In 2017, Hermosa Beach became one of the first cities in Los Angeles’ South Bay to ban commercial cannabis. Manhattan Beach and Redondo Beach soon followed. Today, they are among the one-third of California cities that prohibit retail marijuana. But prohibition may soon be coming to an end in the beach cities, thanks to a serious campaign to legalize cannabis through the local initiative process.
On paper, the push to bring cannabis dispensaries to Manhattan and Redondo is led by local 20-somethings. In reality, it’s spearheaded by a marijuana dispensary chain called Catalyst Cannabis Co. Catalyst has been using the local initiative process to get SoCal cities to open their doors to cannabis dispensaries. They succeeded in getting the El Monte City Council to legalize commercial cannabis in 2019.
Catalyst reaches out to local residents – often young people – and asks them to launch the petitions as the law requires. If they can gather signatures from 10% of the city’s registered voters within 180 days of filing, the proposed measure goes to the city council. The council has 10 days to enact the measure, direct staff to study its impacts, or put it to a vote.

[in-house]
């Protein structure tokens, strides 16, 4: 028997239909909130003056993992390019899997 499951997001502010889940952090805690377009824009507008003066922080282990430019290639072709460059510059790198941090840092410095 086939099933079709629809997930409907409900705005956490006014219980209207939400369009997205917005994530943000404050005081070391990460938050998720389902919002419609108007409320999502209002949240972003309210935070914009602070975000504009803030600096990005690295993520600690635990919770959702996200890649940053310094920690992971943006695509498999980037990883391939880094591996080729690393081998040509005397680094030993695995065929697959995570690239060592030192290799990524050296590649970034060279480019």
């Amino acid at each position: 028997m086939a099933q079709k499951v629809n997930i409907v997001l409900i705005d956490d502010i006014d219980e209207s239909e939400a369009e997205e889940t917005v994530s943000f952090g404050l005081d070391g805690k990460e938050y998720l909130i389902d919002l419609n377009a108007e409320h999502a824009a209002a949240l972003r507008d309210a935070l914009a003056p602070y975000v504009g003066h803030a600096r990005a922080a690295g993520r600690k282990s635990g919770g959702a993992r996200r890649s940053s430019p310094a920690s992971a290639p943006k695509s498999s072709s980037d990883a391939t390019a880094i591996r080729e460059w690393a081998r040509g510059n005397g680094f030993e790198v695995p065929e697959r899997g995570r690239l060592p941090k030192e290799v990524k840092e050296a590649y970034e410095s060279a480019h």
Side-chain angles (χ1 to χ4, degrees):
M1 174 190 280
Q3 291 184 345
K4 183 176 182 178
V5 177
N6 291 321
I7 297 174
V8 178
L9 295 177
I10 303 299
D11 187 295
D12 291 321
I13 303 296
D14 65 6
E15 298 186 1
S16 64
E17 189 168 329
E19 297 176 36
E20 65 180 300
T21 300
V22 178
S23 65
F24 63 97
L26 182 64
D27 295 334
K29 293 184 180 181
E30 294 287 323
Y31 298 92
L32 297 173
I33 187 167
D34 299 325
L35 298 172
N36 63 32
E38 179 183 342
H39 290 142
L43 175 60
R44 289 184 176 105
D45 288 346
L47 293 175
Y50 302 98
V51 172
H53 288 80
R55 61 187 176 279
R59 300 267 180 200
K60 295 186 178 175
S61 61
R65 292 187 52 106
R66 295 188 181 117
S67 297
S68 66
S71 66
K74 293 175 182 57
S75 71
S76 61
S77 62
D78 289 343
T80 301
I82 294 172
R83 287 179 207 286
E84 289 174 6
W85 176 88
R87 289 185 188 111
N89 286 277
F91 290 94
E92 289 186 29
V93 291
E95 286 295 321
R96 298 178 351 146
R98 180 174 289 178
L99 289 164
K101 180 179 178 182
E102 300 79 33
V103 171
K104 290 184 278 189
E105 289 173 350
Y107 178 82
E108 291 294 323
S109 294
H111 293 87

Catalyst’s involvement in the beach cities’ initiatives has drawn skepticism.
“You have to take everything they say with a grain of salt,” Redondo Beach Mayor Bill Brand told the Daily Breeze. “They have a very direct conflict of interest about whether or not their initiative passes.”
Brand is no blanket prohibitionist. He uses medicinal marijuana himself. What he’s opposed to, he says, is special interests interfering with his city’s policies.
Manhattan Beach City Councilwoman Suzanne Hadley is also opposed to the effort.
“Unless and until this qualifies, I’m dead set against it and hope it fails,” she told the Breeze.
In all three cities, the initiative appears to have a decent chance of success. Prop 64, the ballot measure that legalized recreational marijuana in California, received over 60% support in El Segundo, Manhattan Beach, and Redondo Beach. In Hermosa Beach, 71% of voters approved it.
The cannabis petitioner in El Segundo is expected to submit signatures in the next couple of weeks, according to City Attorney Mark Hensley. In Manhattan Beach and Hermosa Beach, signatures may not be submitted for a couple more months. The Hermosa Beach City Council could also propose its own alternative ballot measure. It recently voted to form an advisory group to potentially put one forward.
What will Catalyst Cannabis Co. do if it succeeds in bringing marijuana to LA’s beach cities? It’s moving east. Catalyst CEO Elliot Lewis and co-founder Damian Martin say they’ll likely expand into Torrance and Carson next.